• For two-way data-binding expressions, use the BindItem variable:<asp:FormViewrunat="server"ID="editCustomer"><EditItemTemplate><div><asp:Labelrunat="server"AssociatedControlID="firstName">First Name:</asp:Label><asp:TextBox ID="firstName" runat="server"Text=<%#BindItem.FirstName%> /></div><div><asp:Labelrunat="server"AssociatedControlID="lastName">First Name:</asp:Label><asp:TextBox ID="lastName" runat="server"Text=<%#BindItem.LastName%> /></div><asp:Buttonrunat="server"CommandName="Update"/></EditItemTemplate></asp:FormView>
  • Most controls in the ASP.NET Web Forms framework that support data binding have been updated tosupport the ItemType property.Model BindingModel binding extends data binding in ASP.NET Web Forms controls to work with code-focused dataaccess. It incorporates concepts from the ObjectDataSource control and from model binding in ASP.NETMVC.Selecting dataTo configure a data control to use model binding to select data, you set the controls SelectMethod propertyto the name of a method in the pages code. The data control calls the method at the appropriate time inthe page life cycle and automatically binds the returned data. Theres no need to explicitly call the DataBindmethod.In the following example, the GridView control is configured to use a method named GetCategories:<asp:GridViewID="categoriesGrid"runat="server"ItemType="WebApplication1.Model.Category"SelectMethod="GetCategories"AutoGenerateColumns="false"><Columns><asp:BoundFieldDataField="CategoryID"HeaderText="ID"/><asp:BoundFieldDataField="CategoryName"HeaderText="Name"/><asp:BoundFieldDataField="Description"HeaderText="Description"/><asp:TemplateFieldHeaderText="# of Products"><ItemTemplate><%# Item.Products.Count%></ItemTemplate>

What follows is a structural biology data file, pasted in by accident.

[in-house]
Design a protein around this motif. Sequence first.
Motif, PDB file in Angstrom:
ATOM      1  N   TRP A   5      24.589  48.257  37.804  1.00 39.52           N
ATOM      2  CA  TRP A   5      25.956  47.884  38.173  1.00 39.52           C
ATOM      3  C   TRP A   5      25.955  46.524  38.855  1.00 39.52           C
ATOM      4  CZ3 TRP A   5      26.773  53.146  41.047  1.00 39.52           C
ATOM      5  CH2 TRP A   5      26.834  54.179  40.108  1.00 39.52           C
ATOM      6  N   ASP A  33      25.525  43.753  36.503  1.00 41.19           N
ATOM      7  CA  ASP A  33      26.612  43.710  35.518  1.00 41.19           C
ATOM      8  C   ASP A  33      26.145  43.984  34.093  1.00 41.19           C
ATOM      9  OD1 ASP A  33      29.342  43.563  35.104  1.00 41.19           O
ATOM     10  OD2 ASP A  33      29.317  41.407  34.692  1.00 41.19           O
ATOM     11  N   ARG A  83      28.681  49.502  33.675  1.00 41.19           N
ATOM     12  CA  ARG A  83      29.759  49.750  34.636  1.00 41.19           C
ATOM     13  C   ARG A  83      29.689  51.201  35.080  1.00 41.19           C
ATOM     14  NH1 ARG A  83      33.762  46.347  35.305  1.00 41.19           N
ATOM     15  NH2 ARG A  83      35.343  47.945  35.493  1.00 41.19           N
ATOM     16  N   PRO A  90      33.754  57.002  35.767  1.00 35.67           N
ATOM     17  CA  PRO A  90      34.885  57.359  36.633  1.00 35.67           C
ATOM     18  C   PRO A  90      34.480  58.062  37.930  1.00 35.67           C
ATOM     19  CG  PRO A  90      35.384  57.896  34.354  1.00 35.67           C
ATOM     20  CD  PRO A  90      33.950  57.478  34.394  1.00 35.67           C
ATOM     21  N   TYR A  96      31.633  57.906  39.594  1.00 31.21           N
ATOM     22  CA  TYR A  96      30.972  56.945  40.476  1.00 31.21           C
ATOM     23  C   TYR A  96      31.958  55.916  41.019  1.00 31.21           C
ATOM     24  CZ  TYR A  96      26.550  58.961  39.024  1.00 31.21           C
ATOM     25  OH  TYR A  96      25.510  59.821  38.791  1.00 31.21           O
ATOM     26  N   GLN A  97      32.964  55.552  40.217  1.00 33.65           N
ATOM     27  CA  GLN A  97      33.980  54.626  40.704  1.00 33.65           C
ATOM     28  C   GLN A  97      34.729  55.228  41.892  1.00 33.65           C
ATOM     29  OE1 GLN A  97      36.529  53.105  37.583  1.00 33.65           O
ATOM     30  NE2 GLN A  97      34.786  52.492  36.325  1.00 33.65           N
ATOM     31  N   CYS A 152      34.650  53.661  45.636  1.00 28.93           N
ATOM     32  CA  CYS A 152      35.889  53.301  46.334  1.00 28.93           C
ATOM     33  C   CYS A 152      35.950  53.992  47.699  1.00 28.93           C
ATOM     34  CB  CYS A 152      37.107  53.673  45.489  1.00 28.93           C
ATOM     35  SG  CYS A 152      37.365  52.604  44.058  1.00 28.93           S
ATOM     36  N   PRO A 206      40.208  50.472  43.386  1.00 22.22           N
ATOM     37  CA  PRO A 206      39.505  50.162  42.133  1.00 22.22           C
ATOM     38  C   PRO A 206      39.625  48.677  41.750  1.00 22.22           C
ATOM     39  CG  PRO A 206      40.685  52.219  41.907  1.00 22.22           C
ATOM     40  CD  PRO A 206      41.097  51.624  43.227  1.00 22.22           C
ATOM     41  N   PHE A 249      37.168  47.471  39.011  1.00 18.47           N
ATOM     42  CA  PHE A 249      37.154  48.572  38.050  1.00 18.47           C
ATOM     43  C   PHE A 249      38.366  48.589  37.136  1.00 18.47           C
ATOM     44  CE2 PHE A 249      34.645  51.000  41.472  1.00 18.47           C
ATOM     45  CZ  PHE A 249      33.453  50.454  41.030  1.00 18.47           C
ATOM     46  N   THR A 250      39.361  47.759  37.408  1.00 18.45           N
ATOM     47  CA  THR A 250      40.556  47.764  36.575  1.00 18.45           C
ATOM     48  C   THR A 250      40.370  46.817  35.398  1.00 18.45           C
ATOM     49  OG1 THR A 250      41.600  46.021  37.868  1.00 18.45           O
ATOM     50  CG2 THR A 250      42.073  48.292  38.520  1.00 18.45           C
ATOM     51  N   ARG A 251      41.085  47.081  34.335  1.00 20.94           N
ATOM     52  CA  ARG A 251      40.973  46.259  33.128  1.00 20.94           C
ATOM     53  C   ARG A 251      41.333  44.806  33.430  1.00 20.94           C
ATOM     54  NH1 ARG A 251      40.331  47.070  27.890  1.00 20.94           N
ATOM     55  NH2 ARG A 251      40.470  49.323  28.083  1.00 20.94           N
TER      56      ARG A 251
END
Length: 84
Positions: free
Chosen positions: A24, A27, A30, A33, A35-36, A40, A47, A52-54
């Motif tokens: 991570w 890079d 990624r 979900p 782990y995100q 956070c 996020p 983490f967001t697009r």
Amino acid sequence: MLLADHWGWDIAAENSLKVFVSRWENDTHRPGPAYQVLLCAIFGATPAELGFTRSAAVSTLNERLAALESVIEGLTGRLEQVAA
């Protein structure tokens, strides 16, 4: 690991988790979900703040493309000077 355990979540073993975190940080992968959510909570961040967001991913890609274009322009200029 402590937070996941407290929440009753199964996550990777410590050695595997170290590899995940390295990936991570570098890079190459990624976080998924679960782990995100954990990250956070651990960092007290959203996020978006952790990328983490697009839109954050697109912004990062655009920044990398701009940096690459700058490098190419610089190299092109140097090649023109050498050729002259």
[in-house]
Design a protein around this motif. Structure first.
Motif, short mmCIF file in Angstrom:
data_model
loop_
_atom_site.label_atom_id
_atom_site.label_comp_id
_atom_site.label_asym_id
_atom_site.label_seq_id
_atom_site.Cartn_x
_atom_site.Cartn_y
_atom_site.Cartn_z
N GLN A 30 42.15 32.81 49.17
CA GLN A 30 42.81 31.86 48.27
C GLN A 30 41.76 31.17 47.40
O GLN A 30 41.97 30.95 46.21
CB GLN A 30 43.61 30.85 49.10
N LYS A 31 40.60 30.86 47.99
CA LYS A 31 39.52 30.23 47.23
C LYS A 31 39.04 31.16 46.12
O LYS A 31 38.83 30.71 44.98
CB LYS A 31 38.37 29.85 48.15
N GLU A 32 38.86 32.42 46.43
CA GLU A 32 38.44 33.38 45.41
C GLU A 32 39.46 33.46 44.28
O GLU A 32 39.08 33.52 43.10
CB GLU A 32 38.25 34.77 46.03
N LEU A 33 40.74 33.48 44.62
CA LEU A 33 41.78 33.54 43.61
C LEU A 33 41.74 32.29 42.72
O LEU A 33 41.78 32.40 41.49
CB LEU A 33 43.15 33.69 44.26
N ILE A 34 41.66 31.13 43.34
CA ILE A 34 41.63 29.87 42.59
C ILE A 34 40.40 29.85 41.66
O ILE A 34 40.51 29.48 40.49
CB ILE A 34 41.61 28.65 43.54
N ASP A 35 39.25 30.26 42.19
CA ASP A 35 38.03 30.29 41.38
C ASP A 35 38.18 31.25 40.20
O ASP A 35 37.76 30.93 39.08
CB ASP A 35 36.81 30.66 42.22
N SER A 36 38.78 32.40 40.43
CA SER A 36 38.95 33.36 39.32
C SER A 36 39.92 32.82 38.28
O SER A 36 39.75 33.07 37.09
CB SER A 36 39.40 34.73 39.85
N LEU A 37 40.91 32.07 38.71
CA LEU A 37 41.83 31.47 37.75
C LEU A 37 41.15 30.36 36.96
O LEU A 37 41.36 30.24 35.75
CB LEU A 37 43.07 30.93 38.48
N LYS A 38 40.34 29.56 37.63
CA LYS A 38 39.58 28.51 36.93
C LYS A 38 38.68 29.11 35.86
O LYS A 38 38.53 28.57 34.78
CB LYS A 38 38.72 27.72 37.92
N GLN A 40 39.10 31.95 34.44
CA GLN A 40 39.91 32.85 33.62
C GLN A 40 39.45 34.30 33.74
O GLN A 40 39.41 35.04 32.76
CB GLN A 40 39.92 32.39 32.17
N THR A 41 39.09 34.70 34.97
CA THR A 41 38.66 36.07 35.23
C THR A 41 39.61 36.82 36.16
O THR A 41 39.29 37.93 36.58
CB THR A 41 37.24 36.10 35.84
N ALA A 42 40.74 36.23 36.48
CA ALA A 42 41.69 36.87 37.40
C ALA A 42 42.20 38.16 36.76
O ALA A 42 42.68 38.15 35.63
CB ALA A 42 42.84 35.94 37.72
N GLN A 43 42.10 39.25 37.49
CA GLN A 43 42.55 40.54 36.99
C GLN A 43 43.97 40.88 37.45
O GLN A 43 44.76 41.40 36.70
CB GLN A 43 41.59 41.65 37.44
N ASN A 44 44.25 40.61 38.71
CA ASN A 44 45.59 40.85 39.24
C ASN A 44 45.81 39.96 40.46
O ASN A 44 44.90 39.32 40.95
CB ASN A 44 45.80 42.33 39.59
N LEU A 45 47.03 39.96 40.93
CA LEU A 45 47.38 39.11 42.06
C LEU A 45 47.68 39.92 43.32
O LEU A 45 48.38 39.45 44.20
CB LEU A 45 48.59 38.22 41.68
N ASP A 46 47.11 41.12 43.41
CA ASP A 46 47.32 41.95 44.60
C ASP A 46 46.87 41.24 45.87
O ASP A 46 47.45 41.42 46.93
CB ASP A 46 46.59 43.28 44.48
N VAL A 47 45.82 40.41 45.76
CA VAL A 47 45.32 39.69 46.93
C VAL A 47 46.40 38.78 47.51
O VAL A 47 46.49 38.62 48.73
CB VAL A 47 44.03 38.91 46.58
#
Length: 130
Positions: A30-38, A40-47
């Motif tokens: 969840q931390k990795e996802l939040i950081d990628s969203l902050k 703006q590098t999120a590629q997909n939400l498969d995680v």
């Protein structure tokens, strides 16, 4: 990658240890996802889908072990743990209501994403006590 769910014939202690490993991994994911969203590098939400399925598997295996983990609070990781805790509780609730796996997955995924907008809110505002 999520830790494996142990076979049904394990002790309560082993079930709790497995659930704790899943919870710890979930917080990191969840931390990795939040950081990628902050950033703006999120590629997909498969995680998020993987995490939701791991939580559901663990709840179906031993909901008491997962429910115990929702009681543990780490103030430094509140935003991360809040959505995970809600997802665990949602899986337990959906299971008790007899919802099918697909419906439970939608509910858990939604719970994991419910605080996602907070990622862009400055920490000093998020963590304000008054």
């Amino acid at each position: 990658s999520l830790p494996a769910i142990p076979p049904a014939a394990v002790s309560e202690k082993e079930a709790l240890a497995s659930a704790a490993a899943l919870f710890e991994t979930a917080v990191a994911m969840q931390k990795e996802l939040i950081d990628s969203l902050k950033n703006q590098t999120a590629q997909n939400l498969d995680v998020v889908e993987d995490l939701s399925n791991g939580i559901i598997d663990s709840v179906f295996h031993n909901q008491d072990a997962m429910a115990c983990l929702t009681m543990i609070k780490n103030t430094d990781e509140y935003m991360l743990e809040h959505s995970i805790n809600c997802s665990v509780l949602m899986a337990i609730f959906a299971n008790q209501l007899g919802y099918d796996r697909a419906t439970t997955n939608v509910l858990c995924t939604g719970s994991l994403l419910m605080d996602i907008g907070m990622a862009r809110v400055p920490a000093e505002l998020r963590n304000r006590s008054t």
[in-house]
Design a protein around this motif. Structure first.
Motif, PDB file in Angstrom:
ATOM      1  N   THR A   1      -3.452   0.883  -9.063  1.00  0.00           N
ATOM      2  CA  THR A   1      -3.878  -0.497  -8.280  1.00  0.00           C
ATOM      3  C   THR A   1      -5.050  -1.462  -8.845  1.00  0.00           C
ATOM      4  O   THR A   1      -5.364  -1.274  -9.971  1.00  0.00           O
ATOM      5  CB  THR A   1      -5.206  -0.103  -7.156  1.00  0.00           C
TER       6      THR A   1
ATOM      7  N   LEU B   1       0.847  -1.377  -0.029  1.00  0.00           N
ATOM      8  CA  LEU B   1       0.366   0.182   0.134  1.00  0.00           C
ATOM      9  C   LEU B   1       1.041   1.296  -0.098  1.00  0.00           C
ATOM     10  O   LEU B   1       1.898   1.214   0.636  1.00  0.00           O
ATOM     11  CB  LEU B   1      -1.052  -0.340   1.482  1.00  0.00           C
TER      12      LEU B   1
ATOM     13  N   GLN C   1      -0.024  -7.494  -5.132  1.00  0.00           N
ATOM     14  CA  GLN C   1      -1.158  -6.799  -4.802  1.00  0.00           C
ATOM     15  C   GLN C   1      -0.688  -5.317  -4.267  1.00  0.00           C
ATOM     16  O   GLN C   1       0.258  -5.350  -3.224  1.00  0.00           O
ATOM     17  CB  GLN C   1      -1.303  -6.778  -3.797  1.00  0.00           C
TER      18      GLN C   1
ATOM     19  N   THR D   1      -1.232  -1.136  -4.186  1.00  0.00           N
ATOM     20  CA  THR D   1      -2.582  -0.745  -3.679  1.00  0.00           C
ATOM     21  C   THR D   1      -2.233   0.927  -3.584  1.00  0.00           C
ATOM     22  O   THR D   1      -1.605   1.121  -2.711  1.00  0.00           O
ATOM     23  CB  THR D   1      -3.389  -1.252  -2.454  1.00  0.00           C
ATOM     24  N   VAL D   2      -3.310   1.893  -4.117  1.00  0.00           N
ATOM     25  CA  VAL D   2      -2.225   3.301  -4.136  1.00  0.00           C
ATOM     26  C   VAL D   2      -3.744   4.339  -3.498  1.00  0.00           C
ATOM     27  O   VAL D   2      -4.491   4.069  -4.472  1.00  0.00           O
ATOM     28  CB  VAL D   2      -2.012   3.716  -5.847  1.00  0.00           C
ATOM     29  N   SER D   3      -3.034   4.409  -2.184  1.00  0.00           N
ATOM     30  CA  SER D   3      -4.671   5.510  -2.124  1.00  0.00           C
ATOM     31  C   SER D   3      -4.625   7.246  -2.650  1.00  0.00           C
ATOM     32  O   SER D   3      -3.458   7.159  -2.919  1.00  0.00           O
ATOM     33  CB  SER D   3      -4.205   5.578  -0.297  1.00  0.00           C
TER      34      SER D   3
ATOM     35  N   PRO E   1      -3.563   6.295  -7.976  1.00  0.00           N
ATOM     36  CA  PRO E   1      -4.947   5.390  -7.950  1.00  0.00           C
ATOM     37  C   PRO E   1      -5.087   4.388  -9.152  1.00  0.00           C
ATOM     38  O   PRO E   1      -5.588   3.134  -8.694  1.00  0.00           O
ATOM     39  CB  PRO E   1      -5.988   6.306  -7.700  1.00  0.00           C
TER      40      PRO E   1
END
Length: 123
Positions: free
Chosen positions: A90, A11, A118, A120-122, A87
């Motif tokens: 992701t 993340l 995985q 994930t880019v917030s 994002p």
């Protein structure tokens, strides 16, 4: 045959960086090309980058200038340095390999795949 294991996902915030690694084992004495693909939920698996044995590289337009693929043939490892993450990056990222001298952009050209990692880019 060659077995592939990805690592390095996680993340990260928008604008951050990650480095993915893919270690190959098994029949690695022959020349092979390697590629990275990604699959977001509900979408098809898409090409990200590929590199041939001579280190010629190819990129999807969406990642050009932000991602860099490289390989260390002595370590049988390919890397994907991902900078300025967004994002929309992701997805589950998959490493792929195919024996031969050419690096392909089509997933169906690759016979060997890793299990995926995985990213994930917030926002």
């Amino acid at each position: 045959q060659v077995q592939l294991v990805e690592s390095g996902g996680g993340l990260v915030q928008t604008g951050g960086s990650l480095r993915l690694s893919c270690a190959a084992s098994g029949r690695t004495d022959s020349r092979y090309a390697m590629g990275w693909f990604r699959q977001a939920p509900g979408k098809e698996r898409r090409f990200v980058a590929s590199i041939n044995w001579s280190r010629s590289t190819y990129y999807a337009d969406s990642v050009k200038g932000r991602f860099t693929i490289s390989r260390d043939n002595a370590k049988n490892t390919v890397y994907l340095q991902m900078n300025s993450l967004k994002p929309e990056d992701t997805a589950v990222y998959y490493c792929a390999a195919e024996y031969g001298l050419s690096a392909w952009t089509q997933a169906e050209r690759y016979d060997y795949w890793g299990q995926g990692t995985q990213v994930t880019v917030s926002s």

• </asp:TemplateField></Columns></asp:GridView>You create the GetCategories method in the pages code. For a simple select operation, the method needsno parameters and should return an IEnumerable or IQueryable object. If the new ItemType property is set(which enables strongly typed data-binding expressions, as explained under Strongly Typed Data Controlsearlier), the generic versions of these interfaces should be returned — IEnumerable<T> or IQueryable<T>,with the T parameter matching the type of the ItemType property (for example, IQueryable<Category>).The following example shows the code for a GetCategories method. This example uses the EntityFramework Code First model with the Northwind sample database. The code makes sure that the queryreturns details of the related products for each category by way of the Include method. (This ensures thatthe TemplateField element in the markup displays the count of products in each category without requiringan n+1 select.)publicIQueryable<Category>GetCategories(){vardb=newNorthwind();returndb.Categories.Include(c =>c.Products);}When the page runs, the GridView control calls the GetCategories method automatically and renders thereturned data using the configured fields: